Accessing the remote jungle lodges of Madre Dios, Peru.


The region of Madre Dios in Peru
is home to part of the vast Peruvian jungle. Known as the poor man’s jungle,
offers much more than you would expect.

The region
of Madre Dios in Peru is home to part of the vast Peruvian jungle. Known as the
poor man’s jungle, known because of its relative ease of accessibility, it does
not disappoint.


The capital
of this region is the city of Puerto Maldonado, an obligatory stop along the
way to gain entrance to national parks and tropical reserves located in the


Maldonado is a small city, with not many accommodation options; it is primarily
a transit point for tourists and researchers that want to visit the more remote
parts of the jungle region. However it does have a number of local industries
such as chestnut harvesting and construction servicing the tourist industry.


Many of the
lodges and research centers have offices in Puerto Maldonado that allow
visitors to store excess luggage they do not need for their jungle trip. Excess
baggage slows the boats as well as consumes more fuel.


The Tambopata River Portis
about 20 kilometers from Puerto Maldonado. This is where you have to board
boats to the jungle area. Travel in the whole area is only by boat.


All of the boats are 20 foot long, roofed canoes. Daily arrivals and
departures from every port are scheduled to meet every airline´s arrival and
departure with a maximum two hour wait. So you should never be waiting long or
be worrying about onward connections.


As you leave the port you will come into the contact with the indigenous
community of Infierno. You will also have to pass through the Tambopata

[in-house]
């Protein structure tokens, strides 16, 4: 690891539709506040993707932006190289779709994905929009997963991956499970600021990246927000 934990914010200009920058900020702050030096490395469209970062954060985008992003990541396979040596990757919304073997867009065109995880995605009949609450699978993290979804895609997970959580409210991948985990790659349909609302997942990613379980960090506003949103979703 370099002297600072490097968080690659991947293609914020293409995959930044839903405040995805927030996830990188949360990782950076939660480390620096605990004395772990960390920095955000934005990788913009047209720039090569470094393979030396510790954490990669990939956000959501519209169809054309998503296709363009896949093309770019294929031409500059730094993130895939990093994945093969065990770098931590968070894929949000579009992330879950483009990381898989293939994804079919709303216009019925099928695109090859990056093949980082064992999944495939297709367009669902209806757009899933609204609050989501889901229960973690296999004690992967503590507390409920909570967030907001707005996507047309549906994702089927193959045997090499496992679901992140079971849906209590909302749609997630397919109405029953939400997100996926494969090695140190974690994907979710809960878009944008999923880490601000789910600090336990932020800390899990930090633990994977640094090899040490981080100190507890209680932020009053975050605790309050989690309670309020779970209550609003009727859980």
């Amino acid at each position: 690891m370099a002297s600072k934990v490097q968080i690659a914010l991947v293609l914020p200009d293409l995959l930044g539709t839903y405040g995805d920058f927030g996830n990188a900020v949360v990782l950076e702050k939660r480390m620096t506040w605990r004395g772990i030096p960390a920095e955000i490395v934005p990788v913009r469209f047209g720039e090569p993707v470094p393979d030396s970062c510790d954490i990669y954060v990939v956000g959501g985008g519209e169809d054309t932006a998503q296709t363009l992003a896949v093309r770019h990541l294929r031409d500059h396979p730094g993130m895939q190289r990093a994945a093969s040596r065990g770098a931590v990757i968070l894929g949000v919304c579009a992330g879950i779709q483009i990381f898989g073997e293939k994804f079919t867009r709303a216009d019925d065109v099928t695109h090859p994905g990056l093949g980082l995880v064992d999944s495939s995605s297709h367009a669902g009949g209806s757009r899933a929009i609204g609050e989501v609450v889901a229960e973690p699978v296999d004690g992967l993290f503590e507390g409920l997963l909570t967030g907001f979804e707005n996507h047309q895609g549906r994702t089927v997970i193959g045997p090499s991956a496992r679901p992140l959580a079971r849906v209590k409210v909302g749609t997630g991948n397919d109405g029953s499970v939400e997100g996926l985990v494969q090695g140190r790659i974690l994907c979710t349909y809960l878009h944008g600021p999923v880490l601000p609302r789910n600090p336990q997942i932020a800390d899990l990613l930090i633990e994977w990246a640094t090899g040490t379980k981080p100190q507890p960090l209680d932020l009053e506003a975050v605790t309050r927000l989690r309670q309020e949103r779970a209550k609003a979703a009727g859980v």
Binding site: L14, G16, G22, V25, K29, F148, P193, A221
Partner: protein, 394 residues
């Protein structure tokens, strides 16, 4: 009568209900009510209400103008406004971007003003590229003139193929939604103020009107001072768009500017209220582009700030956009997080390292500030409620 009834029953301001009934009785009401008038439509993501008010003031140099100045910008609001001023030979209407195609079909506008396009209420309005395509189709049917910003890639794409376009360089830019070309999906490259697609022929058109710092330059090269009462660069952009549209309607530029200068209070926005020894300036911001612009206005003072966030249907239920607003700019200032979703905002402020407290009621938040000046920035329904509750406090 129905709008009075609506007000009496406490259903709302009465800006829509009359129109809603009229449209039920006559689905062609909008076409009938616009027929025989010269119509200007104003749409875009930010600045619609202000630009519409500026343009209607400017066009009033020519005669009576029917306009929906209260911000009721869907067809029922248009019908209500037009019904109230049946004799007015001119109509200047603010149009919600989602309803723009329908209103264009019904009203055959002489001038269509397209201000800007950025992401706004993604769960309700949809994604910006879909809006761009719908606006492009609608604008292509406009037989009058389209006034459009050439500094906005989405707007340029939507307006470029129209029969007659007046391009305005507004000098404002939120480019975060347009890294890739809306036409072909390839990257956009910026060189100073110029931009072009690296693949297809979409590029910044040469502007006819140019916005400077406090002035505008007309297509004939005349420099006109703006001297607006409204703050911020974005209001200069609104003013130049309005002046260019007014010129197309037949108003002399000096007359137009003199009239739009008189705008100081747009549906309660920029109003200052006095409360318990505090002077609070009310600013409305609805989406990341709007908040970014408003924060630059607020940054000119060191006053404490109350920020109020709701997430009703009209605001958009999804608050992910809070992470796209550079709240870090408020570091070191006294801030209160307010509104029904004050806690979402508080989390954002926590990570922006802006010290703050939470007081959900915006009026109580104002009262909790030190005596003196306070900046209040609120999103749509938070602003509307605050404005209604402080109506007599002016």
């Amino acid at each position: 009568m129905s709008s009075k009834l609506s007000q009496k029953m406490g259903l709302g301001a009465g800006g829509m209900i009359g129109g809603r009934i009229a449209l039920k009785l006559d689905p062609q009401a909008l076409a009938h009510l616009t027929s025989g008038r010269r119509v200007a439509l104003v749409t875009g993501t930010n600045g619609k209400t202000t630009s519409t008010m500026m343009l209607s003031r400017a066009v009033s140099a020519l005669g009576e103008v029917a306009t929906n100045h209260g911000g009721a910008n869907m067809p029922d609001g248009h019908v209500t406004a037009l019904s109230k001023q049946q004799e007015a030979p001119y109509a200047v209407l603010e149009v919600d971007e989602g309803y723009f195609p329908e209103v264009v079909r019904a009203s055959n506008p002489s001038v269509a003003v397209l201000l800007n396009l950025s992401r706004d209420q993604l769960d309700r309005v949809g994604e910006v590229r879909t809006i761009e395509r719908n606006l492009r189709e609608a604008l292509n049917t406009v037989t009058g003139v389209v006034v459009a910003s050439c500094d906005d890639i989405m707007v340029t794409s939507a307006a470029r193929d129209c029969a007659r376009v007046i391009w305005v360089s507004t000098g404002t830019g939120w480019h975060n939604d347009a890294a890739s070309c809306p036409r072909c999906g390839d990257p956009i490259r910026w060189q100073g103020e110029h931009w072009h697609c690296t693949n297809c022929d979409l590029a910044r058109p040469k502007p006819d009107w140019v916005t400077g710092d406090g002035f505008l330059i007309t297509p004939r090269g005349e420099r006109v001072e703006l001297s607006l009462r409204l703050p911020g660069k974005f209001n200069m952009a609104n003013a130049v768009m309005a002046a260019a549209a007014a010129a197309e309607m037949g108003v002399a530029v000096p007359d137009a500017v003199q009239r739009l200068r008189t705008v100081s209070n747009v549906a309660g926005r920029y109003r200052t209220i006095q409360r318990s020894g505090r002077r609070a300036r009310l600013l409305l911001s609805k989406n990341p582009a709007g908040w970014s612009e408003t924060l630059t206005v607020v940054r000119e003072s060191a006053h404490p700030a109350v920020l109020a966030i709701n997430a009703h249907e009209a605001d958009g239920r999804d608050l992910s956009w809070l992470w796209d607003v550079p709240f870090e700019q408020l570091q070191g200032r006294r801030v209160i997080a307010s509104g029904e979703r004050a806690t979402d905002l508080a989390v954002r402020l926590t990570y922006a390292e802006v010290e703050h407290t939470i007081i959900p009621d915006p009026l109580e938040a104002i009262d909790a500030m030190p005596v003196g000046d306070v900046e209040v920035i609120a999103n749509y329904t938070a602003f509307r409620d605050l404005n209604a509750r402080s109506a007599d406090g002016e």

National Reserve’s checkpoint and into the buffer zone of this 1.3 million
hectare protected conservation unit.


Access by boat is romantic and tranquil. However, it can be time
consuming. Depending on where your lodge is, it could be up to 5 hours on a
boat up the river.


During rainy season from December to March travel can be much quicker as
the river flows faster. The dry period from June to September may take longer,
however you have more chance of being able to take part in all of the many
treks, trails and excursions to do from your chosen lodge.


One of the furthest lodges is the Tambopata Research Centre. To get here
it is necessary to break up the journey, spending one night in a lodge mid way
before continuing the next day.


While travelling in the rainy season may sound appealing, this is
however the wettest time to go. Rain can mean that day trips, tours and
activities do not take place as well as the tropical bugs being most active at
this time.


Views along the route can be fantastic. You can see an array of wildlife
and natural habitat. It has been known for people on boats to see wild pumas
drinking water from the river shore – so keep your eyes open!


Visiting the jungle is an inspiring experience, making you appreciate
the natural world that we live inFree Web Content, as well as its diversity.

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